These exercises are more functional and sport specific. The aim is to restore full strength and mobility to the joint and return the athlete to full training and competition.
Alternate Leg Hip Extension
The alternate leg hip extension exercise is similar to a bridge but a little harder as it alternates weight between single legs. The weight is rested between the forearms and heels as shown. The weight is then transferred from one leg to the other as the alternating leg is raised just off the floor. Try to keep the pelvis as still as possible throughout.
Figure 4 Lift
The figure 4 lift exercise works the external hip rotators (sometimes also called lateral hip rotators) which are found in the buttocks. To strengthen the hip rotators, the athlete lies on their front with the leg to be stretched bent and the ankle under the other thigh. The athlete then lifts the bent knee as high as possible. It is then slowly lowered back to the floor/couch, before repeating the exercise.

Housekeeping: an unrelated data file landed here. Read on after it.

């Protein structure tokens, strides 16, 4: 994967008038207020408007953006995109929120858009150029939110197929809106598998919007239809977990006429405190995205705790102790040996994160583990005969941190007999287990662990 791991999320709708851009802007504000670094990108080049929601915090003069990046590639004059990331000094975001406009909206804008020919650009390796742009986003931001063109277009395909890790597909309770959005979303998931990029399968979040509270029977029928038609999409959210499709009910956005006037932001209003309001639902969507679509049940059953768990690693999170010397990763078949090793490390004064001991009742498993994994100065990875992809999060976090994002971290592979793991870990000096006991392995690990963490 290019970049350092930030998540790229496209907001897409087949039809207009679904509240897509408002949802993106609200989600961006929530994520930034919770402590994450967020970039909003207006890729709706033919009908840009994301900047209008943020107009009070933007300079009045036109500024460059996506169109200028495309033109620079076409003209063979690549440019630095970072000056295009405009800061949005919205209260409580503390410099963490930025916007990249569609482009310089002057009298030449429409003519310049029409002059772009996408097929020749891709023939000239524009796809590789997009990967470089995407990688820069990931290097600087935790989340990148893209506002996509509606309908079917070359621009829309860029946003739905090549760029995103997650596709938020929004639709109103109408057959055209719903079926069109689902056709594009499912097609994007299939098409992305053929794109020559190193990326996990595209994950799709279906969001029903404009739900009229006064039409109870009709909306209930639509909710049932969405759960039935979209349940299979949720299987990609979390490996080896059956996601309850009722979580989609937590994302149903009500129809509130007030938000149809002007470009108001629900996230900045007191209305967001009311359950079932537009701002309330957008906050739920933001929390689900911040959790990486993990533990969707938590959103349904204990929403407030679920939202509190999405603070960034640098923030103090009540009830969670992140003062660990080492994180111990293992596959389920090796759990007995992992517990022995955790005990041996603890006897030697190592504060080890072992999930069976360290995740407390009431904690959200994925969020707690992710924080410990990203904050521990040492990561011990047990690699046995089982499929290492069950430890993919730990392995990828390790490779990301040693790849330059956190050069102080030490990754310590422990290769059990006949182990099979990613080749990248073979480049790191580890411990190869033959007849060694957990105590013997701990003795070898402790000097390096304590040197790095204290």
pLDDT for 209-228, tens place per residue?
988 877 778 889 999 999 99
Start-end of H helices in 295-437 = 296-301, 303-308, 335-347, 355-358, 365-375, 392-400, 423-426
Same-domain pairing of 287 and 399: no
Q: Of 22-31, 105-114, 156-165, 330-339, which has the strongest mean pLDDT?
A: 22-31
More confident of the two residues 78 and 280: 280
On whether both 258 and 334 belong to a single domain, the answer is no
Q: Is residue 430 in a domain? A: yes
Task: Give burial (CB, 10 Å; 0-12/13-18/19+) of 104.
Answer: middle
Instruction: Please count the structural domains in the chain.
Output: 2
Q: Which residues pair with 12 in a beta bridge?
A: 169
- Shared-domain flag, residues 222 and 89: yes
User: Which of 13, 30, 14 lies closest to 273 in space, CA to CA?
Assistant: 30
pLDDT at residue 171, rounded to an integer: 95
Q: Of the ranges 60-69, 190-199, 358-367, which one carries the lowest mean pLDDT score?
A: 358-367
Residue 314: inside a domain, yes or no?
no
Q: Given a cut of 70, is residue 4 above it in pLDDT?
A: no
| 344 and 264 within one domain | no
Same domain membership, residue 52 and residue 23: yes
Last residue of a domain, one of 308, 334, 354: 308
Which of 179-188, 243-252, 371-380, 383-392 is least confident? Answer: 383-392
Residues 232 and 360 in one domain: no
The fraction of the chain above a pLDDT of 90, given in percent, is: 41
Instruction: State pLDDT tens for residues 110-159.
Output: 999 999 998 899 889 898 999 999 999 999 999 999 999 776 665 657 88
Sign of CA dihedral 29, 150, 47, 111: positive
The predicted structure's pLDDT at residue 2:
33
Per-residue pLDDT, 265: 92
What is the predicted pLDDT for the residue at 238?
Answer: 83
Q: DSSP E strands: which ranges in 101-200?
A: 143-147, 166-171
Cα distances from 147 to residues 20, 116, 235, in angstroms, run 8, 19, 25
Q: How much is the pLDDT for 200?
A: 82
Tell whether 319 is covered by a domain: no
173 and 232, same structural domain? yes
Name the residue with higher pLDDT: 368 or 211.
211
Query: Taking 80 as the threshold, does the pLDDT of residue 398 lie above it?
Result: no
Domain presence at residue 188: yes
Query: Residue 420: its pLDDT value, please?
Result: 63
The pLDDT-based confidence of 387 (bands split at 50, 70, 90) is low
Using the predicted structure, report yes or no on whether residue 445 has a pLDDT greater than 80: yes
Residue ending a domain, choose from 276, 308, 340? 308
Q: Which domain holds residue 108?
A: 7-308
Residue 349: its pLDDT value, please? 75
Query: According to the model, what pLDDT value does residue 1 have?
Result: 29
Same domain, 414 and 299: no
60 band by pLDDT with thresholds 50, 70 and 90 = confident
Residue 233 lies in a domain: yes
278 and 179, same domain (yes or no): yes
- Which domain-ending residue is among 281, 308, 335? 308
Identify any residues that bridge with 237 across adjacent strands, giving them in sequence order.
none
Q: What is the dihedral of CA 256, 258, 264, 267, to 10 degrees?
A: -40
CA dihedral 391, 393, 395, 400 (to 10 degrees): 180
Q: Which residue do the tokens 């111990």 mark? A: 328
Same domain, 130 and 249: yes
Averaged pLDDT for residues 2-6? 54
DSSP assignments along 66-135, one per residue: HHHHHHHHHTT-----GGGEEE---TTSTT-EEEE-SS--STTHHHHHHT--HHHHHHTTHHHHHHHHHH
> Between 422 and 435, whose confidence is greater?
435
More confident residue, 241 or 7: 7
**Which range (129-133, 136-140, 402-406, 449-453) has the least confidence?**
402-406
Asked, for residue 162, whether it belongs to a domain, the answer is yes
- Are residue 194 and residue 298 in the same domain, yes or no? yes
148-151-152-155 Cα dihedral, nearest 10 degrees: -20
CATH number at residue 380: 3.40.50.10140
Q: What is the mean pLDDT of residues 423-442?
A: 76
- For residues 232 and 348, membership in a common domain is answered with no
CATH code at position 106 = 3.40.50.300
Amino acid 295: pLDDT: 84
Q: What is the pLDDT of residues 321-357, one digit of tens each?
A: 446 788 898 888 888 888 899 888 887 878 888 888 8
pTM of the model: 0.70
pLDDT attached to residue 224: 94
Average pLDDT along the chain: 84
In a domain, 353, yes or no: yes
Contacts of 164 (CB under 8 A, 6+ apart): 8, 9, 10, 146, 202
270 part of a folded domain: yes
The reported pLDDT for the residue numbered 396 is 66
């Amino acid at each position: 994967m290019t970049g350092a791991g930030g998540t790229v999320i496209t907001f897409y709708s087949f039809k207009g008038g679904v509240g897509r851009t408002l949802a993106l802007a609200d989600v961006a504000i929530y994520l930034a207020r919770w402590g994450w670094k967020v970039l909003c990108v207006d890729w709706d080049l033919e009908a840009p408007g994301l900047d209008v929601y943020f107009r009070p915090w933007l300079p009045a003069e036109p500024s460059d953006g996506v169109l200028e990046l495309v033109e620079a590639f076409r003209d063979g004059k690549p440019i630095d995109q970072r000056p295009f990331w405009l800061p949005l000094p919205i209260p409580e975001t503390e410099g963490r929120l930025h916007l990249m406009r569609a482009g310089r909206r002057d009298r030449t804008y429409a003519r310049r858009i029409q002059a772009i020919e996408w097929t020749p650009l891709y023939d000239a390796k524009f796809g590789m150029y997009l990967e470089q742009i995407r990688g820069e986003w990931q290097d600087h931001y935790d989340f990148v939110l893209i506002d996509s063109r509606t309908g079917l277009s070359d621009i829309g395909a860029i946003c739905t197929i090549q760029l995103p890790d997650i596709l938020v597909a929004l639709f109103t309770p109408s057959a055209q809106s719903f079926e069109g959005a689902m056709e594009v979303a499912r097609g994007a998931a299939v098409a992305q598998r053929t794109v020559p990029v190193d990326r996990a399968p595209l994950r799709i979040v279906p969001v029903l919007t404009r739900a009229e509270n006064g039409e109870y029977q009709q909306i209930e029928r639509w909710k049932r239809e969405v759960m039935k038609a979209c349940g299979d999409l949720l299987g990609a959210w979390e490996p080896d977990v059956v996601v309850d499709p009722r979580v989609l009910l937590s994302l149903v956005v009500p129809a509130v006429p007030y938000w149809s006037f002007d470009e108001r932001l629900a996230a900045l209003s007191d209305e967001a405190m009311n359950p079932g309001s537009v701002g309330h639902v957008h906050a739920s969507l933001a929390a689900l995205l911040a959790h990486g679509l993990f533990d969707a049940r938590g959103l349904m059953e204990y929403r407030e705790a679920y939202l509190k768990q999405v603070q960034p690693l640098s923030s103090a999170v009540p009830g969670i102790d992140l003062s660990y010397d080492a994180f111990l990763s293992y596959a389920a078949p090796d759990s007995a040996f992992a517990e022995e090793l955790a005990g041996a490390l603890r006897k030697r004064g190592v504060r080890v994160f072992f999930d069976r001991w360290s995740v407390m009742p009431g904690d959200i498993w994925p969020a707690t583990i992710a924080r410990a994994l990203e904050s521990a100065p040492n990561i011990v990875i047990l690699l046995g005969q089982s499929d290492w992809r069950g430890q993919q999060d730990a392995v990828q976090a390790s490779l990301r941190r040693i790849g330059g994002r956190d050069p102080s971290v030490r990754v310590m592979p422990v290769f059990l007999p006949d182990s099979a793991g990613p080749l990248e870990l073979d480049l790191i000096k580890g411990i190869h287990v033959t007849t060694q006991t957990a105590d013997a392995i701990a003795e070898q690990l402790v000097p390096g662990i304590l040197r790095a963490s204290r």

- The Glutes
Good mornings are a well-known exercise to strengthen the hip extensor muscles. Be careful with this one if you have a history of any back pain. The starting position is a shoulder-width stance, with the bar over the shoulders as shown. From here, the athlete bends forwards from the hips, keeping the lower back straight. Once parallel to the floor, the movement is reversed to stand upright again.
Walking Abduction with Band
Walking hip abduction is an exercise which uses a resistance band to strengthen the glute muscles and prevent the knees falling in when running and squatting etc. To work on the hip stabiliser muscles, a small resistance band is wrapped around both ankles. The athlete then moves one leg out to the side, whilst maintaining balance and stability as weight is transferred. This is repeated, walking to both sides as shown.
- Gluteus Medius
- Gluteus Minimus
Wide Leg Squat
Performing a squat in a wide leg position works the adductor muscles (groin) more than a conventional squat. The starting position for a wide leg squat is with the feet more than shoulder width apart and the toes pointing outwards. From here the athlete bends both knees, keeping back straight. Ideally, the knee should reach a right angle (90 degrees), but if not this is something you can work on. Don't go past a right angle. Make sure the knees do not more in front of the toes, keep your weight over the midfoot and heel.
- Groin muscles